Palawan pangolin habitat eyed for conservation

Keith Anthony S. Fabro

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Palawan pangolin habitat eyed for conservation
The establishment of critical habitats is part of the 25-year strategy designed to safeguard the future of the species

PUERTO PRINCESA, Philippines –  The Palawan Council for Sustainable Development (PCSD) will conduct a study that will identify the population strongholds of the Palawan pangolin (Manis culionensis), in a bid to declare the areas as critical habitats of the critically endangered  species.

Levita Lagrada, a zoologist with the PCSD Staff (PCSDS), said the establishment of critical habitats for pangolins would help the entire conservation community to focus protection efforts on these areas.

“We have to conduct studies to identify their population strongholds or the areas for protection,” she said in an interview Thursday, April 19.

The Palawan pangolin is one of 8 members of the pangolin family, which are indigenous to Africa and Asia. Also known as the Philippine pangolin, they have the smallest range of any pangolin species, only inhabiting the Palawan group of islands.

In Palawan, the PCSD, a multisectoral and interdisciplinary science body, is mandated to implement the Philippine Wildlife Act, which requires the establishment of critical habitats to ensure the sustainability of various threatened species.

“Once declared as critical habitats, there will be a management body that will oversee the execution of management plan over those areas,” Lagrada said.

Initially, she said the PCSD and USAID-funded Protect Wildlife project would undertake a study sometime this May or June to identify the population distribution of pangolins across the province. 

“From its output, we could already tell where the priority areas for protection are,” Lagrada said. 

She said protecting these areas would help spare them from illegal acts that drive habitat degradation and species loss. 

“Those who will do the prohibited acts inside these critical habitats can be held liable,” Lagrada added.

Punishable human activities under the Philippine Wildlife Act involve destruction of critical habitats including illegal occupation, logging, forest conversion to agriculture, and mineral exploration and extraction.

The establishment of critical habitats is part of the 25-year strategy designed to safeguard the future of the species. 

Working alongside with indigenous groups and key law enforcement agencies, experts from the Zoological Society of London (ZSL) Philippines, PCSD, International Conservation of Nature’s Species Survival Commission (IUCN SSC) Pangolin Specialist Group and Katala Foundation Incorporated designed the roadmap in a workshop held in Puerto Princesa City last week.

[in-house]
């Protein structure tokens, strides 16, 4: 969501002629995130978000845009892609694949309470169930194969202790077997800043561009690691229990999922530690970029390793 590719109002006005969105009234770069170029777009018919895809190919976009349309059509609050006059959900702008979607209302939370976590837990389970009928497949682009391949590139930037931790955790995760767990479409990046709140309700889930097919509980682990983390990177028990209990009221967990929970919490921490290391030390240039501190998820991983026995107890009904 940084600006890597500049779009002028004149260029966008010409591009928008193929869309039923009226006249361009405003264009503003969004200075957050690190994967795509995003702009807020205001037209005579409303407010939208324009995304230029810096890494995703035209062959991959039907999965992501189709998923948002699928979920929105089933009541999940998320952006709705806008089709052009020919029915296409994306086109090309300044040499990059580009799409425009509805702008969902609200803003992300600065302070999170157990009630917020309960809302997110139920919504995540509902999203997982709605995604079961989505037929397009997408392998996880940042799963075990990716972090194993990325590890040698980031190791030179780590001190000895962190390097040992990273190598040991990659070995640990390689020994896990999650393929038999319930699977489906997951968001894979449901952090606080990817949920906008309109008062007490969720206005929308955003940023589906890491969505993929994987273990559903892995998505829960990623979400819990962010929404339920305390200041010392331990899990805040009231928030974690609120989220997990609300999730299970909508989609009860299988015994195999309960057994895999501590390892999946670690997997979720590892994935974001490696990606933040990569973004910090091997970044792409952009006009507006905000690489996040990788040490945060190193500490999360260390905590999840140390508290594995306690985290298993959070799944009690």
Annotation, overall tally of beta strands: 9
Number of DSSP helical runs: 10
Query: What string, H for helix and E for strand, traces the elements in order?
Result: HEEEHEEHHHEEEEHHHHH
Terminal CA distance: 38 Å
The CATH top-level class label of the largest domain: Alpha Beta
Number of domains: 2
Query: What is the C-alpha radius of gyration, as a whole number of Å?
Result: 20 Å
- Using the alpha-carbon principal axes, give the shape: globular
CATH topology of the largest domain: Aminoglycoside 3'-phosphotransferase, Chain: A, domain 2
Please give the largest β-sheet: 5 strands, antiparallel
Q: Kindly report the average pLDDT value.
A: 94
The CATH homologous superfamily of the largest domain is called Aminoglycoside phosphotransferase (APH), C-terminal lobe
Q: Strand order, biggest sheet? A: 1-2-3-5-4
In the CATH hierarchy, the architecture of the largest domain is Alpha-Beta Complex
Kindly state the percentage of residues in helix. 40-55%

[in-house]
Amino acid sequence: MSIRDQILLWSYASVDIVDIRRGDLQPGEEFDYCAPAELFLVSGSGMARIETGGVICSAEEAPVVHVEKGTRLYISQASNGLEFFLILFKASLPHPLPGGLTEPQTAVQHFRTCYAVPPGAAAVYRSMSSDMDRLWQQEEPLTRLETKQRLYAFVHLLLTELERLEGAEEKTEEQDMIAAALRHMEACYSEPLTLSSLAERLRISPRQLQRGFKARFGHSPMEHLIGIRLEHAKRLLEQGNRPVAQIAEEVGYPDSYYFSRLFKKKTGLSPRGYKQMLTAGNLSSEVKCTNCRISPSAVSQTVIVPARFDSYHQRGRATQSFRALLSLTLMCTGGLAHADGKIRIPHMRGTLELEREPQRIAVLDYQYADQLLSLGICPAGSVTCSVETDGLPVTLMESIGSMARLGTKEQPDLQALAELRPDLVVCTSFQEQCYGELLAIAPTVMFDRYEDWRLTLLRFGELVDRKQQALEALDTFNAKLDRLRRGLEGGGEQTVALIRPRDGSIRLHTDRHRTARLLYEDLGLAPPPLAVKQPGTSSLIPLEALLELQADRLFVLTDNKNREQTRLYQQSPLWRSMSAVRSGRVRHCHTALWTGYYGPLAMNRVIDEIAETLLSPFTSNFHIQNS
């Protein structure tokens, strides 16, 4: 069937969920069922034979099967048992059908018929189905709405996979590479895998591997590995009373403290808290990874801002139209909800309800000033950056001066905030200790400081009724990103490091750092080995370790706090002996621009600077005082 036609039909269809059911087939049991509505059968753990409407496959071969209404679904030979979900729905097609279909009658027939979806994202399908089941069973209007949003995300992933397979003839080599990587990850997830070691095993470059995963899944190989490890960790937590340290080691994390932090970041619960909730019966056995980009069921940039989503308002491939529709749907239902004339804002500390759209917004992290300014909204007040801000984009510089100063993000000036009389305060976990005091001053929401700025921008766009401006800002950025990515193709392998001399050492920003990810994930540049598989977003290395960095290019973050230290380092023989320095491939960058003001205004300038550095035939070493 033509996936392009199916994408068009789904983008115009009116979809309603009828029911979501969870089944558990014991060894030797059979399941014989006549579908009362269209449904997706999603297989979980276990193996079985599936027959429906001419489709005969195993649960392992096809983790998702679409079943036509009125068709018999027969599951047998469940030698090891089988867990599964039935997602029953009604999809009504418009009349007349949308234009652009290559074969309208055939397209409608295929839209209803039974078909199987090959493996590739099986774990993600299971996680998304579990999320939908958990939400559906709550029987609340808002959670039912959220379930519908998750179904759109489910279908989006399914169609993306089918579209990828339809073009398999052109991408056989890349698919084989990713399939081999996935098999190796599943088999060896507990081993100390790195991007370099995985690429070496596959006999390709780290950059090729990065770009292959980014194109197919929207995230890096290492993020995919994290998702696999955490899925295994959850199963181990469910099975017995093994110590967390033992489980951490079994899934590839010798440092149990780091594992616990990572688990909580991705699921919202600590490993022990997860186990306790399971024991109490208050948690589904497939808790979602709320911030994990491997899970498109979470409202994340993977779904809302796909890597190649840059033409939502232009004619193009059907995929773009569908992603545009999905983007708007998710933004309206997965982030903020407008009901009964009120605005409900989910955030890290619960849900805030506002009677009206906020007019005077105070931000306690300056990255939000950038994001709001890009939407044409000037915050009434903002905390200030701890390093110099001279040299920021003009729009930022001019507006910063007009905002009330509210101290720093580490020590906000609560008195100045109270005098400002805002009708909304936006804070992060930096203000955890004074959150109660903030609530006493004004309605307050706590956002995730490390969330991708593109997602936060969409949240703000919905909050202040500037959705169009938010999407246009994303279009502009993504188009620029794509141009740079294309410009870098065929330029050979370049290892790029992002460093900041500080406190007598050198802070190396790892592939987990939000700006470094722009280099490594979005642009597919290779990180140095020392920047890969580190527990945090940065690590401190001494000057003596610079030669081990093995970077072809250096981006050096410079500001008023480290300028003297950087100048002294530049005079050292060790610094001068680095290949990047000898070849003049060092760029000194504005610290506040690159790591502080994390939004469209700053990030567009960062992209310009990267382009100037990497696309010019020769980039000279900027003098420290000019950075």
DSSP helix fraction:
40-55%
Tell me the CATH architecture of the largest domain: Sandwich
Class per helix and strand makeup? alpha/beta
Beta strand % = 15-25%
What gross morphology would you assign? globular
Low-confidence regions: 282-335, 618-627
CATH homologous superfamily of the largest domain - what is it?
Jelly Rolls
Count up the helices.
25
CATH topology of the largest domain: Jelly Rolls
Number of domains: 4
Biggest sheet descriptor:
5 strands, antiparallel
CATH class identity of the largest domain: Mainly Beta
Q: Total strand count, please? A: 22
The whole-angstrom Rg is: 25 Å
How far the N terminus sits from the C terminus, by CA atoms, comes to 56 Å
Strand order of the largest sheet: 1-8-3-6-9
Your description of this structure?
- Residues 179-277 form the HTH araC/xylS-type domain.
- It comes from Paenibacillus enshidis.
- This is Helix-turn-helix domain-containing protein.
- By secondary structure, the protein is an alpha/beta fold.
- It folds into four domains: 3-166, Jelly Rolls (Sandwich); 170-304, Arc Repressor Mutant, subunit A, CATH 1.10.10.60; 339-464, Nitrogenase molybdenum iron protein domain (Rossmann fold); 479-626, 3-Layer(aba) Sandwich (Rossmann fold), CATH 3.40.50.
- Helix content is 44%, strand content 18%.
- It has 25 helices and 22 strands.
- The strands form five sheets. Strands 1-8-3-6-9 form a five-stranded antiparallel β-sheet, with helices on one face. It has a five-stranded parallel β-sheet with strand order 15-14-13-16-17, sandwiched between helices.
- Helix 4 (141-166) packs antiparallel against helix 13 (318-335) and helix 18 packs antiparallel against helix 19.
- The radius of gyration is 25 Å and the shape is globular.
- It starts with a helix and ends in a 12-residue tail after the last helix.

“The strategy we’ve come up with provides us with a roadmap to ensure the Palawan pangolin does not join the list of species to have disappeared from the planet,” ZSL Philippines Country Manager Godofredo Villapando said in a statement.

Poaching, population decline 

The Palawan pangolin population is thought to have declined by more than 50% over the past 20 years, the conservation community said.

Like all pangolin species, Palawan pangolins are under threat from poaching for their scales and meat, which are trafficked to other parts of the Philippines and East Asia, and consumed locally as food or medicine. 

Worldwide, more than one million pangolins are believed to have been snatched from the wild in the past decade alone. 

These animals were recently up-listed to the highest category of protection under the Convention on International Trade in Endangered Species (CITES), making all commercial trade of wild-caught pangolins and their parts illegal.

Besides strengthening law enforcement to prevent poaching and trafficking, Lagrada said that part of the strategy is engagement with communities to increase local stewardship and protection efforts.

“We have to train the communities so they can help in wildlife law enforcement,” she added.

To ensure the ongoing survival of Palawan’s pangolin populations, Lagrada said the strategy also calls for public-private partnership. She said private entities can engage in conservation financing where investments are channeled to species conservation efforts. –

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